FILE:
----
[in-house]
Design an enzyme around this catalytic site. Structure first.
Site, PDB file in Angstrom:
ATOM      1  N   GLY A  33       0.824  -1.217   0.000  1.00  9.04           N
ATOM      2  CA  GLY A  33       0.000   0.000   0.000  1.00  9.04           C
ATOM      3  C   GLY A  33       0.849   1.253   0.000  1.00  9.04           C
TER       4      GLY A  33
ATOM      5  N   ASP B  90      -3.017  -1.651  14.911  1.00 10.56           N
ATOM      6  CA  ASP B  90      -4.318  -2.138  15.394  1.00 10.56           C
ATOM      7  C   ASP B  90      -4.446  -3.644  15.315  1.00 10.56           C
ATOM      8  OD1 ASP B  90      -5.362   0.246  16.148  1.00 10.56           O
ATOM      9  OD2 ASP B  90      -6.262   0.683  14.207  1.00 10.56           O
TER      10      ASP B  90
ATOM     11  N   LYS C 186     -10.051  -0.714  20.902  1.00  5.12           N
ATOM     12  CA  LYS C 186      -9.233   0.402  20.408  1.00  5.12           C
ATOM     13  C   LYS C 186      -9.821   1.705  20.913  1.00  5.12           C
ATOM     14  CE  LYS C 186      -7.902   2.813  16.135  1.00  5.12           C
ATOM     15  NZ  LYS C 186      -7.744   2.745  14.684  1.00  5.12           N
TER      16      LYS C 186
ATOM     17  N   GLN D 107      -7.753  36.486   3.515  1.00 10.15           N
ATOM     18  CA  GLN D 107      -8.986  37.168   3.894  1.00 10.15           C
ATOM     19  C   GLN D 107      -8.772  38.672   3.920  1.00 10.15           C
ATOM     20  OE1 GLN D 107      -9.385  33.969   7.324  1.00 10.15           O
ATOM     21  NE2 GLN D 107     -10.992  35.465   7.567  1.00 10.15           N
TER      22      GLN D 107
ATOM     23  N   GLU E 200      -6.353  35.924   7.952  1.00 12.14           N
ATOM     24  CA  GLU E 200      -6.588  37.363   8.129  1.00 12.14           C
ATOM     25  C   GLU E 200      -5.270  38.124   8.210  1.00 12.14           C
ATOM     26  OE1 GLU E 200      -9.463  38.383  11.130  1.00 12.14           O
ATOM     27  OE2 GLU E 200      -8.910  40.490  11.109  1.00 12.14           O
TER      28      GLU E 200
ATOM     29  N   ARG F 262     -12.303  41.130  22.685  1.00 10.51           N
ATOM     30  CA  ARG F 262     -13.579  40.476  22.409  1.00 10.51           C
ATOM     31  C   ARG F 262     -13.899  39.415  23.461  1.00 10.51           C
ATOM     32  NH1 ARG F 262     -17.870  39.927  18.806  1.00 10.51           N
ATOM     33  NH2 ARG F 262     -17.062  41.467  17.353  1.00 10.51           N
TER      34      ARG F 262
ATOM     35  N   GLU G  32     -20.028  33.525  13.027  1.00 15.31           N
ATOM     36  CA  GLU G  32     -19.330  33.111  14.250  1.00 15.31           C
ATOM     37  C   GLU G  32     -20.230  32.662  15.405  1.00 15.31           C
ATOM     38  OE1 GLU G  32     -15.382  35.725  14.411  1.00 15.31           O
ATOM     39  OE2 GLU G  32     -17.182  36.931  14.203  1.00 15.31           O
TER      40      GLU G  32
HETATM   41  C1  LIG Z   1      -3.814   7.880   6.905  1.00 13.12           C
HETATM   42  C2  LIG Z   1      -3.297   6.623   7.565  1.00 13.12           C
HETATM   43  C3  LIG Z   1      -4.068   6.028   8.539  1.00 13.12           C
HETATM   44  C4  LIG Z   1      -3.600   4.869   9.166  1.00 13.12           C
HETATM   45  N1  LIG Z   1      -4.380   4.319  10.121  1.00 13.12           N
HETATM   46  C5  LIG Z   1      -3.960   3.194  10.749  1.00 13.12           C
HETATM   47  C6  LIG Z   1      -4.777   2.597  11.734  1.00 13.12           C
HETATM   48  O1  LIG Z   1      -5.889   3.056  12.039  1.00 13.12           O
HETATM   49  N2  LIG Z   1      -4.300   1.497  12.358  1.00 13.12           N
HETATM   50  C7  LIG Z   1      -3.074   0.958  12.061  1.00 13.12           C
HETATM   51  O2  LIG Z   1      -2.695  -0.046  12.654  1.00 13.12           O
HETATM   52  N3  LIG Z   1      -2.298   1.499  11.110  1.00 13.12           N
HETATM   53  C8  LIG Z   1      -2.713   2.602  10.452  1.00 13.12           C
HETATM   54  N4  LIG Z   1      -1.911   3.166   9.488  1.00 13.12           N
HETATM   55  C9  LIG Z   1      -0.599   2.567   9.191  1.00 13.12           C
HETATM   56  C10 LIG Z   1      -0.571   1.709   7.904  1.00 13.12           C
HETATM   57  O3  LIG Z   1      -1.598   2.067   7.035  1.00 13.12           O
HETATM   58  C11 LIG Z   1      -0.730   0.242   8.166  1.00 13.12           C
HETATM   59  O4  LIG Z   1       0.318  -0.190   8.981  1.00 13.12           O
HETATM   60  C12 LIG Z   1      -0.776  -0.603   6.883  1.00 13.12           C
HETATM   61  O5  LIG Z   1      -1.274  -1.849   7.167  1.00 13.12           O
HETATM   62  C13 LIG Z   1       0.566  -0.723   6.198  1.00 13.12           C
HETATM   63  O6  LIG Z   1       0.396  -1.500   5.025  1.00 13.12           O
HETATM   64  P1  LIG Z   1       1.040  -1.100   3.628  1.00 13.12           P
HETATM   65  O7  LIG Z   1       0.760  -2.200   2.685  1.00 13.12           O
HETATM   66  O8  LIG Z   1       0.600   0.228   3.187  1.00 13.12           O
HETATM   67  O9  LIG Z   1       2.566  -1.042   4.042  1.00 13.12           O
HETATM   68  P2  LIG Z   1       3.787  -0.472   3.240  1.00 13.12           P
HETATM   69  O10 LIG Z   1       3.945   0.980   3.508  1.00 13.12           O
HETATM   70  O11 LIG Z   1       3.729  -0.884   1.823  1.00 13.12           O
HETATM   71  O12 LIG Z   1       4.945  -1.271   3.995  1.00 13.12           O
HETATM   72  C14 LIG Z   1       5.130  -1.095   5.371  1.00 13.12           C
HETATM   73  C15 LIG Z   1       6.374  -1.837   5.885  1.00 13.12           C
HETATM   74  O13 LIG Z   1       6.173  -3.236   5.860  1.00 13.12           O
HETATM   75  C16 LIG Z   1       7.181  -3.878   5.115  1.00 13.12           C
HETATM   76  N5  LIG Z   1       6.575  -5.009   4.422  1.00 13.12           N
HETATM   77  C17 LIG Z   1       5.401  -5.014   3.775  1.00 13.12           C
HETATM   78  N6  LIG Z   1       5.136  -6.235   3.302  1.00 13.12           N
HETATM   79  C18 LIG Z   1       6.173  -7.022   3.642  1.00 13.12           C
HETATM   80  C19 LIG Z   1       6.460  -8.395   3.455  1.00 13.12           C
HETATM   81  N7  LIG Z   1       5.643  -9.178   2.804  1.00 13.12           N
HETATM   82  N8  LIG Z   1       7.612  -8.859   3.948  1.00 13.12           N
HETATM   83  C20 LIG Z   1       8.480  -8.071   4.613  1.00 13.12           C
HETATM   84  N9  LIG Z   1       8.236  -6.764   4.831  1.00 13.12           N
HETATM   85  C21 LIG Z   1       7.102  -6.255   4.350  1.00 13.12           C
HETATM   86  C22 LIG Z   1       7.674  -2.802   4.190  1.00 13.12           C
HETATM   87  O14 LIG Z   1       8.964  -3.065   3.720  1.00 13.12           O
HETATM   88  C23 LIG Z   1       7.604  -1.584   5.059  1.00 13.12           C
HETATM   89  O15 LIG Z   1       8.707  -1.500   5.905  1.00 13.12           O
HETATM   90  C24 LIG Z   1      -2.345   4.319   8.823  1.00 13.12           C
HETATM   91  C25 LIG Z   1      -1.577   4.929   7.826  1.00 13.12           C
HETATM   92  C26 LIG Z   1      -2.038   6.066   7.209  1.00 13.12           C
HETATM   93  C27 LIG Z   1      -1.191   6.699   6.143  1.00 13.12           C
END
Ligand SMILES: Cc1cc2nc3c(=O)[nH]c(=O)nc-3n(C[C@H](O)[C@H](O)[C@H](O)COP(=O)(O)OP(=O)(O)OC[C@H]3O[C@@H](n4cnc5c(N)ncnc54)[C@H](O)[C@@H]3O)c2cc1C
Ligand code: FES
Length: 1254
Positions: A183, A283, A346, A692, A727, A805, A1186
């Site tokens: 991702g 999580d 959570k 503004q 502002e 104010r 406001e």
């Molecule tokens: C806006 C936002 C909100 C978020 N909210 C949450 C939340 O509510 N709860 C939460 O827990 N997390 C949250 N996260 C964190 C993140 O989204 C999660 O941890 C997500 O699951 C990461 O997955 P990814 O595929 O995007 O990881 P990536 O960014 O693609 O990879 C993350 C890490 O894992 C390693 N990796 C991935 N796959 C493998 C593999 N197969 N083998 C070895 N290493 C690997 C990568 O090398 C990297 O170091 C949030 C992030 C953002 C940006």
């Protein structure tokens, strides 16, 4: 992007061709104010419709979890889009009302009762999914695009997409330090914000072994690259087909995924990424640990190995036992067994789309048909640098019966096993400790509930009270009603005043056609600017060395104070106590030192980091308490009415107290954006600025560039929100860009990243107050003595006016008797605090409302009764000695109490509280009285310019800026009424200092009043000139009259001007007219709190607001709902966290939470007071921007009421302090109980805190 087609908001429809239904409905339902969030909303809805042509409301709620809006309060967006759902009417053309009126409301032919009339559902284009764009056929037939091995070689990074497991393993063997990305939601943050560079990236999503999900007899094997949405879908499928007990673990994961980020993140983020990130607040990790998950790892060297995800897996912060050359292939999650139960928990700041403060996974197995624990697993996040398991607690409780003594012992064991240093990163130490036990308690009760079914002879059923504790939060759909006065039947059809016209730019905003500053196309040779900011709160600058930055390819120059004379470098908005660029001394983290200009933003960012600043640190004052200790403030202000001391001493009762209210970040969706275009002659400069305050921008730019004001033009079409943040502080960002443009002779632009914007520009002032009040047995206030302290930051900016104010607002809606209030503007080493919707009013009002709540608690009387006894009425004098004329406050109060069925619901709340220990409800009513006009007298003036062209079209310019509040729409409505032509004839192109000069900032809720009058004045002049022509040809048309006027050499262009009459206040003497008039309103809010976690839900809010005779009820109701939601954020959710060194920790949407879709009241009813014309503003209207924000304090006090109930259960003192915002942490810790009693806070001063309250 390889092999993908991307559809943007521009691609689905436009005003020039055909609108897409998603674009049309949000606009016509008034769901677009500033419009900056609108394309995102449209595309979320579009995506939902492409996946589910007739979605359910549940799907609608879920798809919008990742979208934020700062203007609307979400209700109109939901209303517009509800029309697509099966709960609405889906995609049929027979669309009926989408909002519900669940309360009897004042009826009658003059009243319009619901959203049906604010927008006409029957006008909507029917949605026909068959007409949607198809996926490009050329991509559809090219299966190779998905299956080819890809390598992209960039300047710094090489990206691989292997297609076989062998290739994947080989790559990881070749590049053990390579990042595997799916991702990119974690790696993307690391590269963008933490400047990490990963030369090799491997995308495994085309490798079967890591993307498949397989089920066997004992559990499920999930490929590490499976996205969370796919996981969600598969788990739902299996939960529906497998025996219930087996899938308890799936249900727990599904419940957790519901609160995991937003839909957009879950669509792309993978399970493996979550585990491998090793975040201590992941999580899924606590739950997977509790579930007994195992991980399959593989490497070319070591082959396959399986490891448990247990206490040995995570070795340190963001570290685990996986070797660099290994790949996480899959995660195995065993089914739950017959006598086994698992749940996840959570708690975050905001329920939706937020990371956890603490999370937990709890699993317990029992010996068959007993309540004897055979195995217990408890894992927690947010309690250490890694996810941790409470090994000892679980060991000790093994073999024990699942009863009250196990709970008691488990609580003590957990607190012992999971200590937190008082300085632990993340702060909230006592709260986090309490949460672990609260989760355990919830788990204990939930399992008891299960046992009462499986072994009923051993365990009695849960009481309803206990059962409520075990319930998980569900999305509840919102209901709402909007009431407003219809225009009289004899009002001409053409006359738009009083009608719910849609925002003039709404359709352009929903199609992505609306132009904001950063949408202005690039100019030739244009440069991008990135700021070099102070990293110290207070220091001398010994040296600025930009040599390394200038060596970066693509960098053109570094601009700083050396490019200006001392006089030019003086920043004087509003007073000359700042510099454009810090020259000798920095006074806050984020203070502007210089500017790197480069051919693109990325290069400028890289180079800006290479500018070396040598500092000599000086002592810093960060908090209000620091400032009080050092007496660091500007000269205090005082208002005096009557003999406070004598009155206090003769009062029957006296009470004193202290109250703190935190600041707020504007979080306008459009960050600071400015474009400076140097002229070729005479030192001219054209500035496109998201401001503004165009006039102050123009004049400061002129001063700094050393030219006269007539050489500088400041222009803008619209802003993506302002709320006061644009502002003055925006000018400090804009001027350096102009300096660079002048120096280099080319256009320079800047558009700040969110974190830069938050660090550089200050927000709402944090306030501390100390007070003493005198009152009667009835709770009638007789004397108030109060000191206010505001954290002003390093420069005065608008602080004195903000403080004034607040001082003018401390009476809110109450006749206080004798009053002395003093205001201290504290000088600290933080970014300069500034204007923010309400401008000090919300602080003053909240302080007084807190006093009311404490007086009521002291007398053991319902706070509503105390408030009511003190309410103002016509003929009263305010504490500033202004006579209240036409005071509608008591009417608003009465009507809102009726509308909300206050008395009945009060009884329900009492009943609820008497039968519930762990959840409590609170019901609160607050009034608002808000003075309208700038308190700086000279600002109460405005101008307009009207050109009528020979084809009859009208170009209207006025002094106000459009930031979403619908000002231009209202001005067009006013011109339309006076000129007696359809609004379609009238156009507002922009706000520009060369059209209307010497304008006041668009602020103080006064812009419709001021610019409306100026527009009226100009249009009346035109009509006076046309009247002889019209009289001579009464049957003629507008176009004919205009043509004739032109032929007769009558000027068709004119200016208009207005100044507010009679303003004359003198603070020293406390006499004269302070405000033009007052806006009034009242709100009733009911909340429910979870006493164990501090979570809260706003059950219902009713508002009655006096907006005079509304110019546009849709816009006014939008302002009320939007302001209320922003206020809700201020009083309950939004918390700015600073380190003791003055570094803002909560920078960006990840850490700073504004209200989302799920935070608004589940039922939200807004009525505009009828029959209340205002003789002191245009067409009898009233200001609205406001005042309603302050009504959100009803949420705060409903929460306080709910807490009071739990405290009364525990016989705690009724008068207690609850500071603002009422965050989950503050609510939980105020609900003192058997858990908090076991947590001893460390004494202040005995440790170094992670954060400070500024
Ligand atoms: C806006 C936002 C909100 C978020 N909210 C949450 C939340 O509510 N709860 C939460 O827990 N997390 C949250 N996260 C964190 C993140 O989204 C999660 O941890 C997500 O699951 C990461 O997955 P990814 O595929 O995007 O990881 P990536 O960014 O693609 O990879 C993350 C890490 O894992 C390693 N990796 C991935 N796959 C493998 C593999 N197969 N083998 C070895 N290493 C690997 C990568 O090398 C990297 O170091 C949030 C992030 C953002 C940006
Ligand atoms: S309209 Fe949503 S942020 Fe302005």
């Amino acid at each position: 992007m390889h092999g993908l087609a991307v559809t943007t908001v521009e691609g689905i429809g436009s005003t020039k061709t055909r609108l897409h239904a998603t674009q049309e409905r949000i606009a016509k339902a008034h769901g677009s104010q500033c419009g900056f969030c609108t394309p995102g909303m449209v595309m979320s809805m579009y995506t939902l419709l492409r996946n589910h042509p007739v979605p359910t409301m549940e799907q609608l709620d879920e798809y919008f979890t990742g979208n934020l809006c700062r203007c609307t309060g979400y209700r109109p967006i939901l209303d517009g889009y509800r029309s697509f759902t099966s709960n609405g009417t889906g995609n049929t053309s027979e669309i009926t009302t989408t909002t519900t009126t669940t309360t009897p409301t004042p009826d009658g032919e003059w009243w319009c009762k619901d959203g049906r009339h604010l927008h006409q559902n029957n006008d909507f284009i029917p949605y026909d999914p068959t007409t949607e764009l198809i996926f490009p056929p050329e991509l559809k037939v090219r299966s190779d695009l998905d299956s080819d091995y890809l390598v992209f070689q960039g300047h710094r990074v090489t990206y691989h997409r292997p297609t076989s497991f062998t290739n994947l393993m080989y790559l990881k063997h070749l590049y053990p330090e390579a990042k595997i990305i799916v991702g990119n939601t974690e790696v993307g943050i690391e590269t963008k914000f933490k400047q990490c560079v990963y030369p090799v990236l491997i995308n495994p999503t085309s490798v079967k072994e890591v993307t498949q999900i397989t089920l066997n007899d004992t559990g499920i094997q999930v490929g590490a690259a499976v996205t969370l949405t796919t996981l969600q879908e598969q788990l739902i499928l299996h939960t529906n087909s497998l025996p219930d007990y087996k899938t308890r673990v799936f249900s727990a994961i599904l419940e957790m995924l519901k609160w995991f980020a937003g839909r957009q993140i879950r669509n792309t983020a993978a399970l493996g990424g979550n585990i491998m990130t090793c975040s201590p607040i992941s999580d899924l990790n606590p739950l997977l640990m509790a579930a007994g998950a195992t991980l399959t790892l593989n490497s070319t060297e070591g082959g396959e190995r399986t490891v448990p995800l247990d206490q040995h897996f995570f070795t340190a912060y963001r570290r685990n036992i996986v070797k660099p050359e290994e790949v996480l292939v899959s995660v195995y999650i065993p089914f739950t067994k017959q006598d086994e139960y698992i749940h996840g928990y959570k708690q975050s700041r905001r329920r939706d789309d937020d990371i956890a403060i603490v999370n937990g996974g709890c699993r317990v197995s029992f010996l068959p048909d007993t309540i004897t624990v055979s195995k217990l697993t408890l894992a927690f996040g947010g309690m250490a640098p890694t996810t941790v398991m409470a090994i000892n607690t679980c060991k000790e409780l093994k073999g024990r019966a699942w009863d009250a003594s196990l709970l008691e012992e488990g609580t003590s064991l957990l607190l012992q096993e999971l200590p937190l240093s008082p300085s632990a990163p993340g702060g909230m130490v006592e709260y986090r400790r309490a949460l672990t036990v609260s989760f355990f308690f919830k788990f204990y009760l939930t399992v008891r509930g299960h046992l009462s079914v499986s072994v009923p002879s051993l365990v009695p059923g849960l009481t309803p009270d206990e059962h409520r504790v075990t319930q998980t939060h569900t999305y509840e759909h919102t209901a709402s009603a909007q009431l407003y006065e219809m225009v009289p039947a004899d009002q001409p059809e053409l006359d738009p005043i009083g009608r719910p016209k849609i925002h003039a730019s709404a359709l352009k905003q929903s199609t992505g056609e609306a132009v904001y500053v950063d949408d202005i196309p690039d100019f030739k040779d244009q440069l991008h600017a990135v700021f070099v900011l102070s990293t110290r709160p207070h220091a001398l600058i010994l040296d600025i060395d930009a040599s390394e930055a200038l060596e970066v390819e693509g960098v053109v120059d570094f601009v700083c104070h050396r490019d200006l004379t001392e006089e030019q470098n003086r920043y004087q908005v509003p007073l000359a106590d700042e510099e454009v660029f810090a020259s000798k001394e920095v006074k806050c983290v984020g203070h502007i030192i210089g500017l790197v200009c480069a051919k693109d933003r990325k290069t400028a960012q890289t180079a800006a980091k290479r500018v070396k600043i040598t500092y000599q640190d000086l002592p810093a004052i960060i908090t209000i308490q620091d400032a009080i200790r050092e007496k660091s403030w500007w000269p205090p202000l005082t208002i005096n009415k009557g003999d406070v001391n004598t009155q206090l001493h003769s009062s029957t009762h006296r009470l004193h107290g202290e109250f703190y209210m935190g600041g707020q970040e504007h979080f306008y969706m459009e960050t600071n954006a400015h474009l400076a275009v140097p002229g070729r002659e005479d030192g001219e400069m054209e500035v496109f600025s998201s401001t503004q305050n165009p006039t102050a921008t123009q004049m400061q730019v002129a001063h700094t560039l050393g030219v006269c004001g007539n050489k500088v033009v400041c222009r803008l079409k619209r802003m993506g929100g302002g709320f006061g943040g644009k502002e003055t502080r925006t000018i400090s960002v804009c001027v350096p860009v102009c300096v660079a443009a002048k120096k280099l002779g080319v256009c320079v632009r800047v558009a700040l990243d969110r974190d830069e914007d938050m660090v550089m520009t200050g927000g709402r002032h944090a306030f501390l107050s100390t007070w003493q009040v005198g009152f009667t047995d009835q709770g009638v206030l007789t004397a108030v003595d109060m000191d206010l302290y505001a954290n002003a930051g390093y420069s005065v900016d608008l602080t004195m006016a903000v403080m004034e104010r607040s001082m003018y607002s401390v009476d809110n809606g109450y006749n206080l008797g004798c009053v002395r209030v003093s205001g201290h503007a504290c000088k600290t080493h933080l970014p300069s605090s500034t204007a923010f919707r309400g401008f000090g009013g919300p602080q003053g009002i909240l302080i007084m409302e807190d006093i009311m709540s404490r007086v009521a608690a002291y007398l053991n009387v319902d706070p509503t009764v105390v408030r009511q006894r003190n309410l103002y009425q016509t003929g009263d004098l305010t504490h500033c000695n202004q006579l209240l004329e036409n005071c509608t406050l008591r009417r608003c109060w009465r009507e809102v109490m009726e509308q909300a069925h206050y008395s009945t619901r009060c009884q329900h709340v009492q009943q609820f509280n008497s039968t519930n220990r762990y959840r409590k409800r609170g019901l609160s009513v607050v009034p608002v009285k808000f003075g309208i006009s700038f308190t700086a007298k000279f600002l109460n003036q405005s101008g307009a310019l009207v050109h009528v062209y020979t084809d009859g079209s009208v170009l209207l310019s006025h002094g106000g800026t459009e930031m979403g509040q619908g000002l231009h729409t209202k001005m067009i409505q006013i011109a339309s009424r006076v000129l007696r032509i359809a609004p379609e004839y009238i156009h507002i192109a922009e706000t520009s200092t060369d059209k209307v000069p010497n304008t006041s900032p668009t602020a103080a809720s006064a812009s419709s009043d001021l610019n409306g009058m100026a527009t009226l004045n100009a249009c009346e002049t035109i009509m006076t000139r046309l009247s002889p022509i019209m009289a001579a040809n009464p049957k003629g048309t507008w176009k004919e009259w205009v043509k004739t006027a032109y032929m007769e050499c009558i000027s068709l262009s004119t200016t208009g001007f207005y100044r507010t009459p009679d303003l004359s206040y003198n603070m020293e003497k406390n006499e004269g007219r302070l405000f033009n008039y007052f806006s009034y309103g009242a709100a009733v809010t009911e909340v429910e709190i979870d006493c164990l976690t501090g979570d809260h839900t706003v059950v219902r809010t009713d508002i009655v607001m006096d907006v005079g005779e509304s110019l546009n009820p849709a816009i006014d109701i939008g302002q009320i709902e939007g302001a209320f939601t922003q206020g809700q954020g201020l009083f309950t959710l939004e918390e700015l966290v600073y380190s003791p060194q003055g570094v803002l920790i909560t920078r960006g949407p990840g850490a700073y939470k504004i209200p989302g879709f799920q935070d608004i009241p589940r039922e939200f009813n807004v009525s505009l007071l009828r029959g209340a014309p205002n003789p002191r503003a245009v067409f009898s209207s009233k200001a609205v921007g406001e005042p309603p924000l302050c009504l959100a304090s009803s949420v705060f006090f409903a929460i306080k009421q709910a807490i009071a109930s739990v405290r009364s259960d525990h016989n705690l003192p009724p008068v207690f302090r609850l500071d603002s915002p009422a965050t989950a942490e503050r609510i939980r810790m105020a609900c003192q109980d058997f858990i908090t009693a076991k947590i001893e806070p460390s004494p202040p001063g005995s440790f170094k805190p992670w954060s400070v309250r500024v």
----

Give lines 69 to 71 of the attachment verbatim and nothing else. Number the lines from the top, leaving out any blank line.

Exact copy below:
HETATM   66  O8  LIG Z   1       0.600   0.228   3.187  1.00 13.12           O
HETATM   67  O9  LIG Z   1       2.566  -1.042   4.042  1.00 13.12           O
HETATM   68  P2  LIG Z   1       3.787  -0.472   3.240  1.00 13.12           P